Foraging for tender young Nettle leaves is a rite of passage during the first few warm weekends of the year. They’re one of the first nutrient-packed greens to emerge after a long winter, and they’re also one of the first crops to be planted on the Gaia Farm. Beyond using them in products, we love to cook with these dark, leafy greens. Historically, Nettles would be used as a spring tonic to gently support the body as it naturally cleansed the waste built up over winter, helping restore our vitality.* An important alterative, Nettles gently support the lymphatic system, enhancing our natural ability to excrete toxins through the kidneys.*
Per cup, Nettles have 37 calories, 6 grams of dietary fiber and 2 grams of protein. They also boast more than 33% of your daily Vitamin A, 8 % of the RDA of iron (twice as much as spinach)- and 42% of your daily calcium.
(Read more about the nutrition of Nettles and 14 ways we bring them into the kitchen!)
Late one Friday afternoon, I headed to the farm to soak up some sunshine. It’s a job perk that refuels my creativity and fosters a tremendous sense of gratitude. Our fields of Nettles looked so vibrant that my co-worker Bill and I picked a bunch. (Confession: I forgot my gloves and wimped out. I feared their sting so had him help with the harvest.) I decided to create a festive new recipe to share with our team – and you.
The inspiration for this recipe was the Spinach-Artichoke Dip commonly served at parties and in casual restaurants. In place of spinach, we used our Nettles, which were a perfect match for Artichoke, another spring crop. We lightened up the dish by swapping a blend of almond milk, cashews and nutritional yeast for the dairy, allowing us to keep it both vegan and gluten-free so that all in our office could try it.
The result was a creamy, rich dip that we gobbled up as part of our lunches. Serve this at your next spring party, preferably with an iced nettle tea.
Nutritional yeast is the “secret” ingredient that makes this dairy-free dip so good. A staple in vegan cooking, this deactivated yeast imparts an umami-rich “cheesy” flavor, as well as protein and fiber. Some varieties are also a source of B-complex vitamins. If “nootch,” as it’s called by its fans, is new to you, pick some up in the bulk bins of your local health-food store or supermarket.
If you can’t find Nettles in the wild, check your local co-op. This time of year, many organic grocers will carry small amounts of wild Nettles. (If you’re looking for some potent support during pollen season, you can find Nettles in the supplement aisle or in tea form.)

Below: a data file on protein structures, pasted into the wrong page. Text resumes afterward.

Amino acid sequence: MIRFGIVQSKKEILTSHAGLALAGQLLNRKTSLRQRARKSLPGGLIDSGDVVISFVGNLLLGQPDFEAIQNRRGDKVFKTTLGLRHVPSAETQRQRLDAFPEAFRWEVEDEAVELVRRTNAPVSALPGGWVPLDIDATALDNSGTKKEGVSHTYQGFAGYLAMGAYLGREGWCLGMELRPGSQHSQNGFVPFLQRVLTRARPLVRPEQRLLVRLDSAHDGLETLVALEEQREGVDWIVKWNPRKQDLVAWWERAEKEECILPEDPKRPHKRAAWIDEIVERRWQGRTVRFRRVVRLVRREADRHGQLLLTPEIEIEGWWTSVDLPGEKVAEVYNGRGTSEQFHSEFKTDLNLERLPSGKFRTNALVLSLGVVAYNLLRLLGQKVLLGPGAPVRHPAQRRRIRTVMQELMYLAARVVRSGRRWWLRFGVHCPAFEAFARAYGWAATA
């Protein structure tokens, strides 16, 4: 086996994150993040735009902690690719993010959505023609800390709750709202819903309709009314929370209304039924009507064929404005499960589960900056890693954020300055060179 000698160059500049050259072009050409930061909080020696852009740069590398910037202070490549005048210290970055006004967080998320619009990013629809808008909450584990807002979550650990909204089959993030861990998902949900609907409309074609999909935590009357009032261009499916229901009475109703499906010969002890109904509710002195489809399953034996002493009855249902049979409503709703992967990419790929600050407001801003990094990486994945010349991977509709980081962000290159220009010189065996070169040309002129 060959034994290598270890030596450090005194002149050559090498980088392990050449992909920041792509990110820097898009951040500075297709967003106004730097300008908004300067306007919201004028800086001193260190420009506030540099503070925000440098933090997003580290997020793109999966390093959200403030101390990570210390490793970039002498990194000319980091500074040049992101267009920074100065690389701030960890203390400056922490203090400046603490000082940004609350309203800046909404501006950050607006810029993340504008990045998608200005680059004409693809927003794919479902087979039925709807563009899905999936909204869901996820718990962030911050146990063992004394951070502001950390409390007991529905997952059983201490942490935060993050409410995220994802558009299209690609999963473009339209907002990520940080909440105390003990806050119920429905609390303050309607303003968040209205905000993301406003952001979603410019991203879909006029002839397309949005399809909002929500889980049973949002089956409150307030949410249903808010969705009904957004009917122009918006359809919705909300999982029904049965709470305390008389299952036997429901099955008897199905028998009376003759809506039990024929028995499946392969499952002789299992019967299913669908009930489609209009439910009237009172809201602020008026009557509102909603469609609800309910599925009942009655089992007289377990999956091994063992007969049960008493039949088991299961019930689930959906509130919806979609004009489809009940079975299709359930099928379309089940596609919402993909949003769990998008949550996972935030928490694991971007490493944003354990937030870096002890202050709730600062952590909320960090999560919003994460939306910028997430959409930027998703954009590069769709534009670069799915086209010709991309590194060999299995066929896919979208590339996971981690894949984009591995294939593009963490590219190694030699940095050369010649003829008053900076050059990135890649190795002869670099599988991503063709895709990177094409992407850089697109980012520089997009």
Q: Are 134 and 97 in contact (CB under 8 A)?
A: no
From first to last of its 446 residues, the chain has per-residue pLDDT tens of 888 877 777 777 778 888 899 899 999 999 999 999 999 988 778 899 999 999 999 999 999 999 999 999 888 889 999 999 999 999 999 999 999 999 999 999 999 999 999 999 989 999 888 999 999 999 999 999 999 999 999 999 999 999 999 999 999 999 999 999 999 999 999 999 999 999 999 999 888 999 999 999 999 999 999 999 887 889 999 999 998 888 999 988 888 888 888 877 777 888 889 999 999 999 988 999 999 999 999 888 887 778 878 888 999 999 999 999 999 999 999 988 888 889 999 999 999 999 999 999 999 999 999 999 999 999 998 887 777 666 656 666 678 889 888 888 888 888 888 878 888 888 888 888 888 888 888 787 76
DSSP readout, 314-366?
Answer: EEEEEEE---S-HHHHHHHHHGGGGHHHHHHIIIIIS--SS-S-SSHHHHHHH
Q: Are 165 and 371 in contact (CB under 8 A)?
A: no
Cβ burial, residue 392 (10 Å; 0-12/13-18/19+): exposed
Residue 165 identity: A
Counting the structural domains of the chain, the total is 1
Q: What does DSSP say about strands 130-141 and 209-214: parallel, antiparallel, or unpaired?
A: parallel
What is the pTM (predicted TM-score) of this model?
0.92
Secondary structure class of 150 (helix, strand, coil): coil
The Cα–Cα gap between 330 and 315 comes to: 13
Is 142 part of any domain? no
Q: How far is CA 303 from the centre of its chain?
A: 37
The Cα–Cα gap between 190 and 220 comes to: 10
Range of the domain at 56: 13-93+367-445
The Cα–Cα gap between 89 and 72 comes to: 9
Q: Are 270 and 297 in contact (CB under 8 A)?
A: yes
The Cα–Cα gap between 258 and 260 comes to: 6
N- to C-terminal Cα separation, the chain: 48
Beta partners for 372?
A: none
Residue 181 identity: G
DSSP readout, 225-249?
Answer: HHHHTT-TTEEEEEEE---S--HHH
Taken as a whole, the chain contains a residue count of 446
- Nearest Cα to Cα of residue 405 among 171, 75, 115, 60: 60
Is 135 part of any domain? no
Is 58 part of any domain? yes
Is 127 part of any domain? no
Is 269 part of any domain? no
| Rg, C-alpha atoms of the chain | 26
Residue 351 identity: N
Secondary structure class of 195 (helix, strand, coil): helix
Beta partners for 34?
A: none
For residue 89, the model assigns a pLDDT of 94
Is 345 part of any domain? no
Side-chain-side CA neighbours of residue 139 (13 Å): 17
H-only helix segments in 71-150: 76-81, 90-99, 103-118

- 1 cup raw cashews, soaked in hot water for at least 10 minutes
- 2 tablespoons lemon juice
- 1 teaspoon olive oil
- 2 teaspoons minced garlic (about 3 cloves)
- ¼ teaspoon black pepper
- ½ teaspoon dried dill or 1 teaspoon fresh dill
- 4 cups Nettle leaves, rinsed well and chopped
- 12 ounces artichoke hearts, finely chopped (see note)
- ½ cup unsweetened almond milk
- ¼ cup nutritional yeast
- ½ teaspoon salt
- Drain cashews, add to a high-speed blender and process until finely chopped.
- Add ½ cup water and lemon juice, and blend until completely smooth, about 2 minutes. Pause as needed to scrape down the sides. Set aside.
- Place a medium saucepan over medium heat, and add olive oil when the pan is hot.
- Add garlic, and cook for 2 minutes, stirring often.
- Add black pepper, dill, Nettles and artichoke hearts. Stir in ¼ cup water, then cover and raise heat to medium-high. Cook for five minutes, stirring occasionally, until Nettles are vibrant green and tender.
- Reduce heat to medium-low, then stir in cashew mixture, almond milk and nutritional yeast. Cook, stirring often, until mixture is bubbling and thickens slightly, about 3 minutes.
- Remove from heat, stir in salt and season to taste as needed.
- Serve immediately, with whole-grain crackers, crudités and halved grape tomatoes.
- We used thawed frozen artichokes. If you use canned, choose those packed in water, and be sure to drain and rinse them well.